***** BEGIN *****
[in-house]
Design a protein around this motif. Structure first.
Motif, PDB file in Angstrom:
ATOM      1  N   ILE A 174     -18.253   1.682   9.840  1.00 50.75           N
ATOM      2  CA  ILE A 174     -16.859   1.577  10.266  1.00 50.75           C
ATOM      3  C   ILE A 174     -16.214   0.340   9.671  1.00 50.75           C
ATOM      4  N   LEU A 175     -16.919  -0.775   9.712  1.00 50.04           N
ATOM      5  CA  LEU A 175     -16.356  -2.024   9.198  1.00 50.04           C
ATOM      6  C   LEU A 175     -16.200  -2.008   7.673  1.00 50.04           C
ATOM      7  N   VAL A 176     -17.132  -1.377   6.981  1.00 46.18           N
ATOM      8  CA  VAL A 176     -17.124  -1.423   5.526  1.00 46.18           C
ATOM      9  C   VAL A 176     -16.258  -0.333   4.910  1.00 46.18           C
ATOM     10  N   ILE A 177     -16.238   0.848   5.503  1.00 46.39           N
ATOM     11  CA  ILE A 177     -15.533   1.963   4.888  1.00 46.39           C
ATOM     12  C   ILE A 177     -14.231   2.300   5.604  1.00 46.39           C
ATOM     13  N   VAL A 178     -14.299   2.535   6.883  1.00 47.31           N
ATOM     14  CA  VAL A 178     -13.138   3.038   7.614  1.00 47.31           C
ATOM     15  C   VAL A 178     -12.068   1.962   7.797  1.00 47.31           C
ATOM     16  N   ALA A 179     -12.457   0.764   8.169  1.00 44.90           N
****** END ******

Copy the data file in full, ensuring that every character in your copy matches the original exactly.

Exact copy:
[in-house]
Design a protein around this motif. Structure first.
Motif, PDB file in Angstrom:
ATOM      1  N   ILE A 174     -18.253   1.682   9.840  1.00 50.75           N
ATOM      2  CA  ILE A 174     -16.859   1.577  10.266  1.00 50.75           C
ATOM      3  C   ILE A 174     -16.214   0.340   9.671  1.00 50.75           C
ATOM      4  N   LEU A 175     -16.919  -0.775   9.712  1.00 50.04           N
ATOM      5  CA  LEU A 175     -16.356  -2.024   9.198  1.00 50.04           C
ATOM      6  C   LEU A 175     -16.200  -2.008   7.673  1.00 50.04           C
ATOM      7  N   VAL A 176     -17.132  -1.377   6.981  1.00 46.18           N
ATOM      8  CA  VAL A 176     -17.124  -1.423   5.526  1.00 46.18           C
ATOM      9  C   VAL A 176     -16.258  -0.333   4.910  1.00 46.18           C
ATOM     10  N   ILE A 177     -16.238   0.848   5.503  1.00 46.39           N
ATOM     11  CA  ILE A 177     -15.533   1.963   4.888  1.00 46.39           C
ATOM     12  C   ILE A 177     -14.231   2.300   5.604  1.00 46.39           C
ATOM     13  N   VAL A 178     -14.299   2.535   6.883  1.00 47.31           N
ATOM     14  CA  VAL A 178     -13.138   3.038   7.614  1.00 47.31           C
ATOM     15  C   VAL A 178     -12.068   1.962   7.797  1.00 47.31           C
ATOM     16  N   ALA A 179     -12.457   0.764   8.169  1.00 44.90           N